PLAYA DEL CARMEN, Q. Roo — Since 2012 when Quintana Roo reported a margin of participation in money laundering through investment projects, this state remains one of the main places where transactions presumably made with suspicious resources are recorded. However, David Enrique Merino Téllez, general director of the National Center for Tax Studies and Research (Cenesit), said that the exact magnitude is unknown.
“The Finance Intelligence Unit (FIU) has been able to detect operations and procedures, and there are a number of requirements for vulnerable activities that seek to ensure that all those who carry out illicit operations are obliged to report how the acts are performed,” he said.
In the FIU Receipt Report 2015, Quintana Roo ranked No. 4 in the national ranking where reports of unusual transactions (ROI’s) were received, with money laundering estimated to be 10 issues per 10 thousand inhabitants, ranking only behind Mexico City, Sinaloa and Baja California, where they reported 25, 19, and 13 ROI’s respectively.
During his participation in a training program of the Mexican Association of Real Estate Professionals (AMPI), Merino Téllez indicated that “tourist areas are highly sought after, many of the people who have laundered assets invest in places like Cancun, Tulum, Playa del Carmen.”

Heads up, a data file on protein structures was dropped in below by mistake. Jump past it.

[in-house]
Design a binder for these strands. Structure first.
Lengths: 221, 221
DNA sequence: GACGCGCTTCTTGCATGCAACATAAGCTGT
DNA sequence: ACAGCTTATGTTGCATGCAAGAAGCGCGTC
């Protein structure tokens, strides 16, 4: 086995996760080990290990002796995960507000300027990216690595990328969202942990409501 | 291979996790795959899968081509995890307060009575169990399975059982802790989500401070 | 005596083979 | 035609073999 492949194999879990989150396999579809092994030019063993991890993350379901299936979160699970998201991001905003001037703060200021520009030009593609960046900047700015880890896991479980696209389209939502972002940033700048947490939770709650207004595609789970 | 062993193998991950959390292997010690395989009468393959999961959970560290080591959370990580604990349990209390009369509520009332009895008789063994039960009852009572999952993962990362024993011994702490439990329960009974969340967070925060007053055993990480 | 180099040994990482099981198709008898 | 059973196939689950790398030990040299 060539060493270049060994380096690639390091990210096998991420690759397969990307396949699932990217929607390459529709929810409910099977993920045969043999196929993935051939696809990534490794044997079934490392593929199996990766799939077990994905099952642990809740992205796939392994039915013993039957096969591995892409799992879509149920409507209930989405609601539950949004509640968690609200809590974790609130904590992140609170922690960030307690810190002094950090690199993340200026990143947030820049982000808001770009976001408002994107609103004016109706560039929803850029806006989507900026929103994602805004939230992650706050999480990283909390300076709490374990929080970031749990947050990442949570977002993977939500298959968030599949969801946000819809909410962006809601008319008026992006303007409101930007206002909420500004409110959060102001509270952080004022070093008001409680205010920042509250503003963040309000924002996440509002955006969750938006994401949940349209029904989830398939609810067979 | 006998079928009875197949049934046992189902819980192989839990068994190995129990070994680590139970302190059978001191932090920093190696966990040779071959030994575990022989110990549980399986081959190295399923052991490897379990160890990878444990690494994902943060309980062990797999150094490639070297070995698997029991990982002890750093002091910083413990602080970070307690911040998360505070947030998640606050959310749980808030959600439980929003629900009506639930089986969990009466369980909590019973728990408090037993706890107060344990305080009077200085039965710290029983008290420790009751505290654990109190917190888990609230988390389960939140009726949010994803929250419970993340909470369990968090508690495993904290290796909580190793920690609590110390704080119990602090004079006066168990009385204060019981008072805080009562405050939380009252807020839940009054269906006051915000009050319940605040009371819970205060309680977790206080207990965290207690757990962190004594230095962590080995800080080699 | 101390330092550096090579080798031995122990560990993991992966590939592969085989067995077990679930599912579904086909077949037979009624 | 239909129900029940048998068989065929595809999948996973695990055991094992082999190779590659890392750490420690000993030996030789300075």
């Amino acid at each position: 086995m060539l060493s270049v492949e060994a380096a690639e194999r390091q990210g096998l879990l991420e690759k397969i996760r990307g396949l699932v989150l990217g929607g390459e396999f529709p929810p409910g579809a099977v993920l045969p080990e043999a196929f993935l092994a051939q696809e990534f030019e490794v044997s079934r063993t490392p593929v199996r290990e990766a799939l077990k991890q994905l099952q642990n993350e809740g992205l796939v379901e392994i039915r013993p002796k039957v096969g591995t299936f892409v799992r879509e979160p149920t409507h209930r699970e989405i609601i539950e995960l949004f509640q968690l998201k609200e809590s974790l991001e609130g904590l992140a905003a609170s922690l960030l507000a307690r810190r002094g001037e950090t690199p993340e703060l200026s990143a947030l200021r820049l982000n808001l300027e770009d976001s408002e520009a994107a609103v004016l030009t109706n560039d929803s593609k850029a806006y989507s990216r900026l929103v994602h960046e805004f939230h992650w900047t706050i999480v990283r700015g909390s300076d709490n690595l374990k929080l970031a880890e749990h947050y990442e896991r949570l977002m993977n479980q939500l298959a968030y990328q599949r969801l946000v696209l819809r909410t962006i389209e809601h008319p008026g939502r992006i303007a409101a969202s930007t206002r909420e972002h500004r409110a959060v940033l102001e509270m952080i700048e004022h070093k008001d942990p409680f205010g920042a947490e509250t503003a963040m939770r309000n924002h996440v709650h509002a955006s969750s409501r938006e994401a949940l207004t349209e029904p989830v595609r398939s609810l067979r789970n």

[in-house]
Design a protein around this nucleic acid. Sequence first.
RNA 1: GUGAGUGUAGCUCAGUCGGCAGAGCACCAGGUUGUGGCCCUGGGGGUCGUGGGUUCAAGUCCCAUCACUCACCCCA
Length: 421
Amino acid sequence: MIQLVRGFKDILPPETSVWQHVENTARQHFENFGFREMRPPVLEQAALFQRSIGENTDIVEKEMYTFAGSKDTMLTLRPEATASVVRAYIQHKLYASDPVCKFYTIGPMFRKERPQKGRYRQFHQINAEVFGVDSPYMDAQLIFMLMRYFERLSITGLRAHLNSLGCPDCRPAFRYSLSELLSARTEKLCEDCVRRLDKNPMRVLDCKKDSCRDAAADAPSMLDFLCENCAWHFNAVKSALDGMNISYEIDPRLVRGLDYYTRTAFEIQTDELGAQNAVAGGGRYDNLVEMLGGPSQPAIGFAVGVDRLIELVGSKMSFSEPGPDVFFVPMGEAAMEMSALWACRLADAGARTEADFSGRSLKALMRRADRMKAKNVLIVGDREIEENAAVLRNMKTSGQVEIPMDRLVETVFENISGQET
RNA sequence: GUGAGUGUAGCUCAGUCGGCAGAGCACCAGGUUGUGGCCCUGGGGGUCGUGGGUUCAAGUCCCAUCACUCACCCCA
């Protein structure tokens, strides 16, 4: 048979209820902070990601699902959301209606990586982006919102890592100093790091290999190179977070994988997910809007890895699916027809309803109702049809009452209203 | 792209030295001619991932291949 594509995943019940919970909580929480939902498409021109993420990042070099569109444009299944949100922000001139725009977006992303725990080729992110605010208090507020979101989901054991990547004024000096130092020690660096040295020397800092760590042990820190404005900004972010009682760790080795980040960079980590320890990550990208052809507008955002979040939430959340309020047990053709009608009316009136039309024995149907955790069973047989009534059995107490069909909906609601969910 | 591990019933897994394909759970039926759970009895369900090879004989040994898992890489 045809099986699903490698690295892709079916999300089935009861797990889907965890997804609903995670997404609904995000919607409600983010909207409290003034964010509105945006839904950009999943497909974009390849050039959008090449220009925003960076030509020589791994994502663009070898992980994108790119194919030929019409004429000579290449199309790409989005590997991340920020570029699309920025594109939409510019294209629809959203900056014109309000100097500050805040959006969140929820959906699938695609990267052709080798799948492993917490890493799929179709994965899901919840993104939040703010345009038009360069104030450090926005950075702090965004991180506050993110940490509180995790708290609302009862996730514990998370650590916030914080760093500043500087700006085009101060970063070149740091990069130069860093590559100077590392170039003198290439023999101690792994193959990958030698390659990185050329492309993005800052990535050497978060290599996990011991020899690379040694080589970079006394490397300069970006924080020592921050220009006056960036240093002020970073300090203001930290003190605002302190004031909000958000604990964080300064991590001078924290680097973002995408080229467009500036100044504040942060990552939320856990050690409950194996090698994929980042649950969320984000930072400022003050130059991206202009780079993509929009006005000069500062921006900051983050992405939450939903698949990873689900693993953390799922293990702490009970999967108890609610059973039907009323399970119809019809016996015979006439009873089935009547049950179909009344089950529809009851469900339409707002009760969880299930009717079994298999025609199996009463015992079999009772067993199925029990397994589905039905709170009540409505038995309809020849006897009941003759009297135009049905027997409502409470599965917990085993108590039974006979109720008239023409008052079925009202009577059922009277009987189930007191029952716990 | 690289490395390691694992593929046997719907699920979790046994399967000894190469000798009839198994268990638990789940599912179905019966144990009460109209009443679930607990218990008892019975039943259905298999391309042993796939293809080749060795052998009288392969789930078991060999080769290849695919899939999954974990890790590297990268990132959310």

‘Paradise of evasion’
In 2012, Simón Pablo Herrera Bazán, doctor in Criminal Sciences and Criminal Policy and doctor in Public Administration, not only reported that one of the economic activities that contributed resources of illicit origin to the national Gross Domestic Product (GDP) was investment, but many of them were made in places like Quintana Roo, which he described as a “paradise of evasion.”
However, in practice, considered David Enrique Merino, it is difficult to know the magnitude of transactions to launder money.
The Mexican Caribbean “is a region where operations of this type have been detected. There is a high incidence of laundering transactions. The resources that are generated from illicit activities are invested, in Quintana Roo there have been cases but there are not many, because there is a process through which you have to prove that it is illicit money,” he said.
What is detected is the way of operating: companies are created without assets but they move in the immediacy of finance from other equally ghost companies, and in those transactions the money is diluted until the last company performs the purchase operation.
While Quintana Roo is ranked number four in ROI per capita in 2015, on the basis of net counting of the number of such reports by the FIU, the state does not appear in the top ten. In that year number 10 was occupied by Tamaulipas with 5,004, and in first place was Mexico City with 39,463.
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